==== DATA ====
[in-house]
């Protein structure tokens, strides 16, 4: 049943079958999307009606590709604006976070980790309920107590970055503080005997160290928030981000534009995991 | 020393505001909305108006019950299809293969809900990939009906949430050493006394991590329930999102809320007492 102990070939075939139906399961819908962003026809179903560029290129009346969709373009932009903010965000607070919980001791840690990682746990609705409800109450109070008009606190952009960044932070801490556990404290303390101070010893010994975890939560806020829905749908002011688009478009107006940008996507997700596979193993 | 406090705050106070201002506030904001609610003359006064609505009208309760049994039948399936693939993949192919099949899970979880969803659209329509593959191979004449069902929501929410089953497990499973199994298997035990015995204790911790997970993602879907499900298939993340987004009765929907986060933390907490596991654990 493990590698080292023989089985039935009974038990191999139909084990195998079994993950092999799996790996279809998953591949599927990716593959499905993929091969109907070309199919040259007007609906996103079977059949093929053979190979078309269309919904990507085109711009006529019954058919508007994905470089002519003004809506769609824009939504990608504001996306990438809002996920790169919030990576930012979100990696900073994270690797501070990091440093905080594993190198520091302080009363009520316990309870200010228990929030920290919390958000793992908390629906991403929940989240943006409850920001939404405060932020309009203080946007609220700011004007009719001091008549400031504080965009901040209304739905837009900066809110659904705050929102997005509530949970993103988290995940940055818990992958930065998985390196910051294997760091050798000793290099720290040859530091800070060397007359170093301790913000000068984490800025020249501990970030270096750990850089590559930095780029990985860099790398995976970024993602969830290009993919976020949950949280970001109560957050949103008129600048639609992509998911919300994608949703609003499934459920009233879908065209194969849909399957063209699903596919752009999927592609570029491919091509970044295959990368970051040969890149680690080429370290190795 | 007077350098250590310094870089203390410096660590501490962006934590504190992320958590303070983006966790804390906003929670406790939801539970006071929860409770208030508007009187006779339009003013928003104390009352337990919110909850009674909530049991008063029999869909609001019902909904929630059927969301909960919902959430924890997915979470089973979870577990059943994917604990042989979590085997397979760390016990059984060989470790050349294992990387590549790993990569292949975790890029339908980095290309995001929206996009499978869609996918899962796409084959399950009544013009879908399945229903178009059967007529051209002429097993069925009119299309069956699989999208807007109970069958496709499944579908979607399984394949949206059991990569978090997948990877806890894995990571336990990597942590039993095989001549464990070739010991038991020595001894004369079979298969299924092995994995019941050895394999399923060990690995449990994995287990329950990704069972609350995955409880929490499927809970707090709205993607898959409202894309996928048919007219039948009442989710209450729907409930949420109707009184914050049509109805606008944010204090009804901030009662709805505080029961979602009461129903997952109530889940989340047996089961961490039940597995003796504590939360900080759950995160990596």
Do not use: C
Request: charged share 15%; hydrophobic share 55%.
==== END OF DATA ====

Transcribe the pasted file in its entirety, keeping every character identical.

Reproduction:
[in-house]
């Protein structure tokens, strides 16, 4: 049943079958999307009606590709604006976070980790309920107590970055503080005997160290928030981000534009995991 | 020393505001909305108006019950299809293969809900990939009906949430050493006394991590329930999102809320007492 102990070939075939139906399961819908962003026809179903560029290129009346969709373009932009903010965000607070919980001791840690990682746990609705409800109450109070008009606190952009960044932070801490556990404290303390101070010893010994975890939560806020829905749908002011688009478009107006940008996507997700596979193993 | 406090705050106070201002506030904001609610003359006064609505009208309760049994039948399936693939993949192919099949899970979880969803659209329509593959191979004449069902929501929410089953497990499973199994298997035990015995204790911790997970993602879907499900298939993340987004009765929907986060933390907490596991654990 493990590698080292023989089985039935009974038990191999139909084990195998079994993950092999799996790996279809998953591949599927990716593959499905993929091969109907070309199919040259007007609906996103079977059949093929053979190979078309269309919904990507085109711009006529019954058919508007994905470089002519003004809506769609824009939504990608504001996306990438809002996920790169919030990576930012979100990696900073994270690797501070990091440093905080594993190198520091302080009363009520316990309870200010228990929030920290919390958000793992908390629906991403929940989240943006409850920001939404405060932020309009203080946007609220700011004007009719001091008549400031504080965009901040209304739905837009900066809110659904705050929102997005509530949970993103988290995940940055818990992958930065998985390196910051294997760091050798000793290099720290040859530091800070060397007359170093301790913000000068984490800025020249501990970030270096750990850089590559930095780029990985860099790398995976970024993602969830290009993919976020949950949280970001109560957050949103008129600048639609992509998911919300994608949703609003499934459920009233879908065209194969849909399957063209699903596919752009999927592609570029491919091509970044295959990368970051040969890149680690080429370290190795 | 007077350098250590310094870089203390410096660590501490962006934590504190992320958590303070983006966790804390906003929670406790939801539970006071929860409770208030508007009187006779339009003013928003104390009352337990919110909850009674909530049991008063029999869909609001019902909904929630059927969301909960919902959430924890997915979470089973979870577990059943994917604990042989979590085997397979760390016990059984060989470790050349294992990387590549790993990569292949975790890029339908980095290309995001929206996009499978869609996918899962796409084959399950009544013009879908399945229903178009059967007529051209002429097993069925009119299309069956699989999208807007109970069958496709499944579908979607399984394949949206059991990569978090997948990877806890894995990571336990990597942590039993095989001549464990070739010991038991020595001894004369079979298969299924092995994995019941050895394999399923060990690995449990994995287990329950990704069972609350995955409880929490499927809970707090709205993607898959409202894309996928048919007219039948009442989710209450729907409930949420109707009184914050049509109805606008944010204090009804901030009662709805505080029961979602009461129903997952109530889940989340047996089961961490039940597995003796504590939360900080759950995160990596």
Do not use: C
Request: charged share 15%; hydrophobic share 55%.